Weston Park celebrates 25 years in public hands
PUBLISHED: 07:14 20 November 2011 | UPDATED: 20:19 20 February 2013
GO back 25 years, and Weston Park near Shifnal was still the private residence to generations of the Earls of Bradford, with rich historical records dating back to 1671. Sue Foster traces 25 years of change.
GO back 25 years, and Weston Park near Shifnal was still the private residence to generations of the Earls of Bradford, with rich historical records dating back to 1671. In the intervening quarter century, the stately home has been placed in public hands and become a national treasure, renowned as a popular visitor attraction appealing to all ages and interests. It welcomes 7,000 schoolchildren, over 250,000 visitors and serves thousands of guests the finest cuisine every year. Sue Foster traces 25 years of change.
THE death of the 6th Earl of Bradford in 1981 was the catalyst for change at Weston Park. Generations of the Bridgeman family had spent centuries collecting priceless works of fine art, furniture, tapestries, silver and ceramics, including rare Gobelin tapestries and matchless Old Masters by Van Dyck and Lely. Faced with considerable death duties, the incoming 7th Earl and the family were determined to prevent the collection from being spilt up by sale and to avoid the deterioration of the house and park.
The solution, with support from the National Heritage Memorial Fund, a national body responsible for saving outstanding parts of heritage at risk of loss to the nation, saw the birth of an independent charitable trust, The Weston Park Foundation.
And so it was that in 1986 the 7th Earl of Bradford gifted Weston Park to the public, and the Foundation accepted the responsibilities of preserving and maintaining the House, Park, Gardens and its historical collections for the benefit of the nation.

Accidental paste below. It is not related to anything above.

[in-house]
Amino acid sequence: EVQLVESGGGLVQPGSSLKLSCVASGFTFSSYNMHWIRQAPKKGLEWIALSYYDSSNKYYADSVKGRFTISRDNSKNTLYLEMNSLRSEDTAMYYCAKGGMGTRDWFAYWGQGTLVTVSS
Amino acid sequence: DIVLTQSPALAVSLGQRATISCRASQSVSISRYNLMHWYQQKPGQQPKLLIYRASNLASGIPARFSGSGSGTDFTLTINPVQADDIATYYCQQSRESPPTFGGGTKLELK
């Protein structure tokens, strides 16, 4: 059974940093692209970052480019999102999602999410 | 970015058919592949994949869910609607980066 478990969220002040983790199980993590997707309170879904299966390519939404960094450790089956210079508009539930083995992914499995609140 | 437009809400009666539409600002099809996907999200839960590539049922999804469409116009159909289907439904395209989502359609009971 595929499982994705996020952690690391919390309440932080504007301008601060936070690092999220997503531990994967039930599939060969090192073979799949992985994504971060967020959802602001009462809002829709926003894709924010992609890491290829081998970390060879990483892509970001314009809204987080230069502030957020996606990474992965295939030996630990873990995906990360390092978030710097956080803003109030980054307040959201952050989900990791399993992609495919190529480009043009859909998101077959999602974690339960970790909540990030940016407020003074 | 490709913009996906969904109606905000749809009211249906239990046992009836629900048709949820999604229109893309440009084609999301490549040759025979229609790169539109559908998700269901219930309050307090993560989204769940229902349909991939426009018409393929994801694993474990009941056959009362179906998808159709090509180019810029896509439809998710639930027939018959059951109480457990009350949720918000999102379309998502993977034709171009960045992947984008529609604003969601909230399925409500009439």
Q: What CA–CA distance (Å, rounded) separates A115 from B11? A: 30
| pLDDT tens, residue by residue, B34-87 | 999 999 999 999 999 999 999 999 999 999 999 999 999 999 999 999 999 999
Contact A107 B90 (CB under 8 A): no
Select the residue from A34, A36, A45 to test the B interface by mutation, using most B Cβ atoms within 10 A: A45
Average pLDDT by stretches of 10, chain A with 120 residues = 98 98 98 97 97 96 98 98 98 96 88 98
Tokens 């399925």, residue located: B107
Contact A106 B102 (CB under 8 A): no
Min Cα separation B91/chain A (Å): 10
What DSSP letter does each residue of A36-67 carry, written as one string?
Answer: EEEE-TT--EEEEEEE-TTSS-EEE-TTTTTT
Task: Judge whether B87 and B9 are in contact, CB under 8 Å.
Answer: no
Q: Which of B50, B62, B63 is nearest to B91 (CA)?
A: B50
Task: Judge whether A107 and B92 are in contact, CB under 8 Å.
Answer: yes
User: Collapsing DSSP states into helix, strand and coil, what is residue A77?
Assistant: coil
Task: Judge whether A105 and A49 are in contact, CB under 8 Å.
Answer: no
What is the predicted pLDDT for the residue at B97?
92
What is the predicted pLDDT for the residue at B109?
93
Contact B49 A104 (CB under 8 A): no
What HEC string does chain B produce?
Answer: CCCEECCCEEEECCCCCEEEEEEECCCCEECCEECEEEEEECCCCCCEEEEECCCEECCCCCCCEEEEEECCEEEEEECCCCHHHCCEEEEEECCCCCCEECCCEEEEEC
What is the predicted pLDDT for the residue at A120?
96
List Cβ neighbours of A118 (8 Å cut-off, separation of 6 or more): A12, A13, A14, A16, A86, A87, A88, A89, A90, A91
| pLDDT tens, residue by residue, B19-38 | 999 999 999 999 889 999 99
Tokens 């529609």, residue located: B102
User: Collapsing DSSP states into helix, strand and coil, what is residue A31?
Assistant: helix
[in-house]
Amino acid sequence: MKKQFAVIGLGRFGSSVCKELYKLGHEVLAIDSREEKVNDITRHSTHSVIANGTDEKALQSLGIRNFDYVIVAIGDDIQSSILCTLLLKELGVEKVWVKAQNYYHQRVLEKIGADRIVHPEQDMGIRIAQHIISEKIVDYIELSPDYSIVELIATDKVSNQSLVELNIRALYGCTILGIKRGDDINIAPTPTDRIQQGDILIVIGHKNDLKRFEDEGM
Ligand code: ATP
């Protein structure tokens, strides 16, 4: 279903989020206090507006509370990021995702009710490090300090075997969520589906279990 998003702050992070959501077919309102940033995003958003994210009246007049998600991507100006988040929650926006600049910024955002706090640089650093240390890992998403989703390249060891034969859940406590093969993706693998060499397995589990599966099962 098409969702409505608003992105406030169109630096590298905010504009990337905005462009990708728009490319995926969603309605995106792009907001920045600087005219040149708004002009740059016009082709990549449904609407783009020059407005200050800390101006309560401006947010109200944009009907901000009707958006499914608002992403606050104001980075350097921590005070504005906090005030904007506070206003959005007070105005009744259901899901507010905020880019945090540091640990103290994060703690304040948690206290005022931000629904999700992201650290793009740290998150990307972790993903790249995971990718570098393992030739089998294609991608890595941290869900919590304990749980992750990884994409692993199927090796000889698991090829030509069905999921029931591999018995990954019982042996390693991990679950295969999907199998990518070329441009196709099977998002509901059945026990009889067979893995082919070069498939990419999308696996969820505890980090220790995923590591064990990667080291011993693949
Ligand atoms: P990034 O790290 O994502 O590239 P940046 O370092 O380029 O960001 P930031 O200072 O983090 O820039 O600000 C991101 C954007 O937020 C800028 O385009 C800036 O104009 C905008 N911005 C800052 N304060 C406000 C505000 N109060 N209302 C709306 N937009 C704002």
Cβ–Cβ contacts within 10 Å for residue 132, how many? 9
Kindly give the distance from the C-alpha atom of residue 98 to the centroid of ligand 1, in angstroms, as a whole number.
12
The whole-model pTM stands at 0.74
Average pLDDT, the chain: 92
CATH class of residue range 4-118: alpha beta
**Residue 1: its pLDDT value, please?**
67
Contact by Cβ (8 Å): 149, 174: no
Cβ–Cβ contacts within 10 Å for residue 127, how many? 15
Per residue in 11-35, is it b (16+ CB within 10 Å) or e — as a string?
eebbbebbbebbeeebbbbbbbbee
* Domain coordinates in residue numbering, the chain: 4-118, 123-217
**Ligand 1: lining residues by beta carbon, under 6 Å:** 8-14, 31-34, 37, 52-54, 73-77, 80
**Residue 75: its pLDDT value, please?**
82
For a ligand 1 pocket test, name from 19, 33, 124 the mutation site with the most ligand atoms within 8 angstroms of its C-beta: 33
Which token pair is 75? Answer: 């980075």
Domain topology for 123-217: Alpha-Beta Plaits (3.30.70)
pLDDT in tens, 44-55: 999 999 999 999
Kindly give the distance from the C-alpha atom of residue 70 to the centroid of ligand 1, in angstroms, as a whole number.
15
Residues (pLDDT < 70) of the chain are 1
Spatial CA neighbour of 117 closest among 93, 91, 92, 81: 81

The Weston Park Foundation celebrates its 25th anniversary this month and takes the opportunity to reflect on its own achievements, developments and ongoing commitment to conserving one of the countys most magnificent stately homes, as the Foundations chief executive, Colin Sweeney, explains.
He said: Much of the development over the past 25 years has been built on the work of previous generations of the family.
Conserving the property in perpetuity, and generating the income to do so, is the motivation for everything that happens at Weston Park, from the public opening and outdoor events to corporate hospitality and private parties. Opening up Weston Park to the public has meant that everyone can enjoy the diverse range of attractions that Weston can offer.
To meet its educational commitment the Foundation established a lifelong learning programme for schools, colleges and universities. The Learning Department coordinates ongoing research projects on the estates collections with students and has developed a range of themed educational primary school activities, creating an informative and engaging environment that addresses the National Curriculum requirements.
Outside in the Park and Gardens all the buildings and follies have been restored to their former glory including the Knoll Tower, Pink Cottage, the Boat House and Temple of Diana, each revealing an epoch in Westons history.
The 1,000 acres of Parkland are managed using an ongoing Landscape Management Programme which aims to preserve the Park and take areas back to Capability Browns original design while remaining sympathetic to changes made by other generations.
Directed by Head Gardener, Martin Gee, who comes from a generation of horticulturists who have lived and worked on the estate since the early 1800s, specific tree lines have been removed and clusters of Rhododendrons cleared opening up the true vistas, while retaining the fragrant avenues created by the 4th Countess of Bradford.